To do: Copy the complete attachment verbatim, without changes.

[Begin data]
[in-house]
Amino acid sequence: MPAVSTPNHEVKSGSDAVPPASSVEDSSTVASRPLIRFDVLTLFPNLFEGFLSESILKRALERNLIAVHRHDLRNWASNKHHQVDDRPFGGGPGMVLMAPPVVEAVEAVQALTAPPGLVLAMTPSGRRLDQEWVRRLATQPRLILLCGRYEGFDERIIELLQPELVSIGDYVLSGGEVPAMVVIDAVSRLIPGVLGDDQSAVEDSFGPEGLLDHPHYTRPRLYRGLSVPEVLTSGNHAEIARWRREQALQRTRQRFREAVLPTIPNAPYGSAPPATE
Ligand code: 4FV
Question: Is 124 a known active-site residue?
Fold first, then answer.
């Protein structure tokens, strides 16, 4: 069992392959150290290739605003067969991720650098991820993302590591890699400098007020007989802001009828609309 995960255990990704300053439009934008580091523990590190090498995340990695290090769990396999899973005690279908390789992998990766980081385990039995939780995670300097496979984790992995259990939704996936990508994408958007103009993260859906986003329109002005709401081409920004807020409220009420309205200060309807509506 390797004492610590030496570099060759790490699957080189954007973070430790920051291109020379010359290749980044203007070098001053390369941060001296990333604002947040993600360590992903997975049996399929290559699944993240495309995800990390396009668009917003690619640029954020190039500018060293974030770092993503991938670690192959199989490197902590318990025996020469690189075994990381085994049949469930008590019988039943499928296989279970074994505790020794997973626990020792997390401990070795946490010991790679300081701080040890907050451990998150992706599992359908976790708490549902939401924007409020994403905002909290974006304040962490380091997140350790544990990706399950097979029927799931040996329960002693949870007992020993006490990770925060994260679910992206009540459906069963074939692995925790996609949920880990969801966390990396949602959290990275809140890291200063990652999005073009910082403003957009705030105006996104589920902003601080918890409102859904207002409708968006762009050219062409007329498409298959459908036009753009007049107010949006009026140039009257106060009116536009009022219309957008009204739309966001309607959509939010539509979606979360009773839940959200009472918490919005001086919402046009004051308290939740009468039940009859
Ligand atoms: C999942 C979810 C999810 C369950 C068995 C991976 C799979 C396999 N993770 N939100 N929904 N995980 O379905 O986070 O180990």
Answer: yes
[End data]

[in-house]
Amino acid sequence: MPAVSTPNHEVKSGSDAVPPASSVEDSSTVASRPLIRFDVLTLFPNLFEGFLSESILKRALERNLIAVHRHDLRNWASNKHHQVDDRPFGGGPGMVLMAPPVVEAVEAVQALTAPPGLVLAMTPSGRRLDQEWVRRLATQPRLILLCGRYEGFDERIIELLQPELVSIGDYVLSGGEVPAMVVIDAVSRLIPGVLGDDQSAVEDSFGPEGLLDHPHYTRPRLYRGLSVPEVLTSGNHAEIARWRREQALQRTRQRFREAVLPTIPNAPYGSAPPATE
Ligand code: 4FV
Question: Is 124 a known active-site residue?
Fold first, then answer.
């Protein structure tokens, strides 16, 4: 069992392959150290290739605003067969991720650098991820993302590591890699400098007020007989802001009828609309 995960255990990704300053439009934008580091523990590190090498995340990695290090769990396999899973005690279908390789992998990766980081385990039995939780995670300097496979984790992995259990939704996936990508994408958007103009993260859906986003329109002005709401081409920004807020409220009420309205200060309807509506 390797004492610590030496570099060759790490699957080189954007973070430790920051291109020379010359290749980044203007070098001053390369941060001296990333604002947040993600360590992903997975049996399929290559699944993240495309995800990390396009668009917003690619640029954020190039500018060293974030770092993503991938670690192959199989490197902590318990025996020469690189075994990381085994049949469930008590019988039943499928296989279970074994505790020794997973626990020792997390401990070795946490010991790679300081701080040890907050451990998150992706599992359908976790708490549902939401924007409020994403905002909290974006304040962490380091997140350790544990990706399950097979029927799931040996329960002693949870007992020993006490990770925060994260679910992206009540459906069963074939692995925790996609949920880990969801966390990396949602959290990275809140890291200063990652999005073009910082403003957009705030105006996104589920902003601080918890409102859904207002409708968006762009050219062409007329498409298959459908036009753009007049107010949006009026140039009257106060009116536009009022219309957008009204739309966001309607959509939010539509979606979360009773839940959200009472918490919005001086919402046009004051308290939740009468039940009859
Ligand atoms: C999942 C979810 C999810 C369950 C068995 C991976 C799979 C396999 N993770 N939100 N929904 N995980 O379905 O986070 O180990």
Answer: yes